Open source project adds “no military use” clause to the GPL


Author: Tina Gasperson

GPU is a Gnutella client that creates ad-hoc supercomputers by allowing individual PCs on the network to share CPU resources with each other. That’s intriguing enough, but the really interesting thing about GPU is the license its developers have given it. They call it a “no military use” modified version of the GNU General Public License (GPL).

Tiziano Mengotti and Rene Tegel are the lead developers on the GPU project. Mengotti is the driving force behind the license “patch,” which says “the program and its derivative work will neither be modified or executed to harm any human being nor through inaction permit any human being to be harmed.”

Mengotti says the clause is specifically intended to prevent military use. “We are software developers who dedicate part of our free time to open source development. The fact is that open source is used by the military industry. Open source operating systems can steer warplanes and rockets. [This] patch should make clear to users of the software that this is definitely not allowed by the licenser.”

He says some might think an attempt to prevent military use might be “too idealistic” and would not work in practice, but he references the world of ham radio, whose rules specify that the technology is not to be used commercially. “Surprisingly enough, this rule is respected by almost every ham operator.”

The developers readily acknowledge that the “patch” contradicts the original intention of the GPL, to provide complete freedom for users of software and source code licensed under it. “This license collides with paragraph six of the Open Source Definition,” is how they word it in the license preamble.

Richard Stallman, the founder of the Free Software movement and author of the GPL, says that while he doesn’t support the philosophy of “open source,” neither does he believe software developers or distributors have the right to try to control other people’s activities through restricting the software they run. “Nonetheless, I don’t think the requirement is entirely vacuous, so we cannot disregard it as legally void.”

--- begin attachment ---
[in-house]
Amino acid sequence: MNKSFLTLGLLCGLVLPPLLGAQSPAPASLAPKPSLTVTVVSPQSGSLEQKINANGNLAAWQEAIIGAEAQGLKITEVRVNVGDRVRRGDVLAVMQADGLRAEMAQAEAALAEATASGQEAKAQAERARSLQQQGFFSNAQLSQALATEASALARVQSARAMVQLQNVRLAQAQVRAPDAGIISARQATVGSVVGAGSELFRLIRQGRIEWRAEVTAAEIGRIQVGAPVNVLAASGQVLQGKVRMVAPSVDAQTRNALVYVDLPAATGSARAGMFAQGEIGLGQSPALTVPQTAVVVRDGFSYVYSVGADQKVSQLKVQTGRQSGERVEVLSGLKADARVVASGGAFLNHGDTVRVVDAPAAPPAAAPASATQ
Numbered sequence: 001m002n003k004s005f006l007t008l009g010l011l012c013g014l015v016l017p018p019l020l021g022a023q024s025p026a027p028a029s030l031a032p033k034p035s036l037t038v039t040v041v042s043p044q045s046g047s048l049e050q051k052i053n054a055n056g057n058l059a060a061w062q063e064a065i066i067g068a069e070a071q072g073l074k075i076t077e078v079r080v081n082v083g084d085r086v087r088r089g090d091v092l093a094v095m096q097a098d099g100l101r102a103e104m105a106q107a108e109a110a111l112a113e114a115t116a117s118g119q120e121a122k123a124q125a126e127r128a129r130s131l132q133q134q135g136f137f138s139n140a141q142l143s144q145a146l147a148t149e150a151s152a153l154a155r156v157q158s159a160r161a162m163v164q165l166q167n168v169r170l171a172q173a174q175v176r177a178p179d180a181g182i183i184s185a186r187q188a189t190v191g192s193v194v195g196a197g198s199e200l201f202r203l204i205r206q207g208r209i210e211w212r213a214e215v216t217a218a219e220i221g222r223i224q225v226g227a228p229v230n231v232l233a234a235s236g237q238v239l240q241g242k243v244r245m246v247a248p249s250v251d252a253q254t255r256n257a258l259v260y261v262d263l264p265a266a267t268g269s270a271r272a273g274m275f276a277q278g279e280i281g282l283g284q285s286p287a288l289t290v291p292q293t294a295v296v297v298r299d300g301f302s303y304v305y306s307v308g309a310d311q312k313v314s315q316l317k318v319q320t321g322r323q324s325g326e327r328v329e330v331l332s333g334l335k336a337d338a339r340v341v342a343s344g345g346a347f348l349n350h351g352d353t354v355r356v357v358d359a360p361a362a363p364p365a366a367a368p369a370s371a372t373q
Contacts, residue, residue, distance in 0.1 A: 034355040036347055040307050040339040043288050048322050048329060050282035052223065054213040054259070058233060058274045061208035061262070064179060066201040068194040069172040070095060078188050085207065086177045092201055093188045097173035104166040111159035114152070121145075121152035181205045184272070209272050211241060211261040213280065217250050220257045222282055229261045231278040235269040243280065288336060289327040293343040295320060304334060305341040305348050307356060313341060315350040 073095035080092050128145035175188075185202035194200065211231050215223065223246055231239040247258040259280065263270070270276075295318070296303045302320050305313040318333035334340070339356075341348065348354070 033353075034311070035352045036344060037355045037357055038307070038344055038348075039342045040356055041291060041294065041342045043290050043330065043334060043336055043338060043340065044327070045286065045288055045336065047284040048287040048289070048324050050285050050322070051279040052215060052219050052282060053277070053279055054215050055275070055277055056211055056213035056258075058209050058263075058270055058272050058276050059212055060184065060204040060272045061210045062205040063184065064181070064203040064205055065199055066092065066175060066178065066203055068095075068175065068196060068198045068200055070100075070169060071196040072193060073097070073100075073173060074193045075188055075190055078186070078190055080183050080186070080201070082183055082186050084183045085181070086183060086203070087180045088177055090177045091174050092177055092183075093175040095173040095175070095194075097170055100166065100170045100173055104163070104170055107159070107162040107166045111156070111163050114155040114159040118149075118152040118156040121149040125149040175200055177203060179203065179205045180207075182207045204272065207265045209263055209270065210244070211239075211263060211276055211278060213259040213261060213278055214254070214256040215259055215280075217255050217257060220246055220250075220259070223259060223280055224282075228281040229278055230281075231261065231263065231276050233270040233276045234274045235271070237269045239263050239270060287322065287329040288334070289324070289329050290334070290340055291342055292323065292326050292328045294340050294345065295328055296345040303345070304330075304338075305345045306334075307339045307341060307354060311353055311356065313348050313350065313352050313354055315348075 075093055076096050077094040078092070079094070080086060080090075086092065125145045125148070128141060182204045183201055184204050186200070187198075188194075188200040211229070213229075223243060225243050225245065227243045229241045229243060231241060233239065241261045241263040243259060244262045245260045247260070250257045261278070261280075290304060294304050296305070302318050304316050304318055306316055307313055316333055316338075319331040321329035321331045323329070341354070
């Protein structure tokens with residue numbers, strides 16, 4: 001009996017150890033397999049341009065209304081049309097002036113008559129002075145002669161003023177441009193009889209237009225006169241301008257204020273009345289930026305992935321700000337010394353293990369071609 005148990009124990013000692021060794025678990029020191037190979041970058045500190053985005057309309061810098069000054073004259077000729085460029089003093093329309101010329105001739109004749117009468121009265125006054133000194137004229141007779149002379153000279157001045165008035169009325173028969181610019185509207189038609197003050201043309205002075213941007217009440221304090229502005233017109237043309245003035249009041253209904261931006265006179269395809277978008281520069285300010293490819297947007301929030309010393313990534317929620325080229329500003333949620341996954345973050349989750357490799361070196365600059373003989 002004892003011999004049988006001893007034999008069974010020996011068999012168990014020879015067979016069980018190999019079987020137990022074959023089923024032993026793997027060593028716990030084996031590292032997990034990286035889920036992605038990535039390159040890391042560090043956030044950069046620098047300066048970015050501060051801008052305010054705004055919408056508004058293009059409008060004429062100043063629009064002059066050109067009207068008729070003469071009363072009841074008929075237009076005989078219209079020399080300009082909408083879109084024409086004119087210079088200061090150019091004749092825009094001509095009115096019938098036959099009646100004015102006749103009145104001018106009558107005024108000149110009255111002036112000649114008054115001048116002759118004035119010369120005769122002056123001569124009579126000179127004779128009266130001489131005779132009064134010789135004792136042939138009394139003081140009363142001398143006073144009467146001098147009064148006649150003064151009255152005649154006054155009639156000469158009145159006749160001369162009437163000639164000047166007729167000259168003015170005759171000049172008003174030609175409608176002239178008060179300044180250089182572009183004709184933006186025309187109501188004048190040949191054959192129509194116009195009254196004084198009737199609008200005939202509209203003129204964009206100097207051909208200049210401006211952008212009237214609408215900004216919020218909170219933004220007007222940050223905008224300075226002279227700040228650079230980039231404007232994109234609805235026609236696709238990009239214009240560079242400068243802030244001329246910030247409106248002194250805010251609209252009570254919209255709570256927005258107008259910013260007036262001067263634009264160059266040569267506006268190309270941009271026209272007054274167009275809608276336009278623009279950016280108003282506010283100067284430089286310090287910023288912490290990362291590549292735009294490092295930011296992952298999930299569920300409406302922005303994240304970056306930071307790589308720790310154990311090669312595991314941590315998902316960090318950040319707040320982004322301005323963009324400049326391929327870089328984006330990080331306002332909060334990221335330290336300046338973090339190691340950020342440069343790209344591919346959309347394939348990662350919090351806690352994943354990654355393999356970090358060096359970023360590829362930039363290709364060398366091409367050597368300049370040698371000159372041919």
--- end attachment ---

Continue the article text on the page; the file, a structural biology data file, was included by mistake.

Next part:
“As a pacifist, I sympathize with their goals,” says Russ Nelson, a founding board member of the Open Source Initiative (OSI). “People who feel strongly about war will sometimes take actions which they realize are ineffectual, but make it clear that they are not willing to take action which directly supports war.”

Tegel says he doesn’t fully agree with the inclusion of the clause in GPU’s license. “I see the point, and my personal opinion supports it, but I am not sure if it fits in a license,” he says. “Like our Dutch military: I can say it is bad because it kills people and costs money. But on the other hand, we were taught by both our leftist and rightist teachers to enjoy our freedom due to the alliance freeing us from Nazis, a thing which I appreciate very much.”

Both developers do agree about one aspect of their license clause. It is based on the first of science fiction writer Isaac Asimov’s Three Law of Robotics, which states, “A robot may not harm a human being, or, through inaction, allow a human being to come to harm.” That, they say, is a good thing, “because the guy was right,” Tegel says, “and he showed the paradox that almost any technological development has to solve, whether it is software or an atom bomb. We must discuss now what ethical problems we may raise in the future.”


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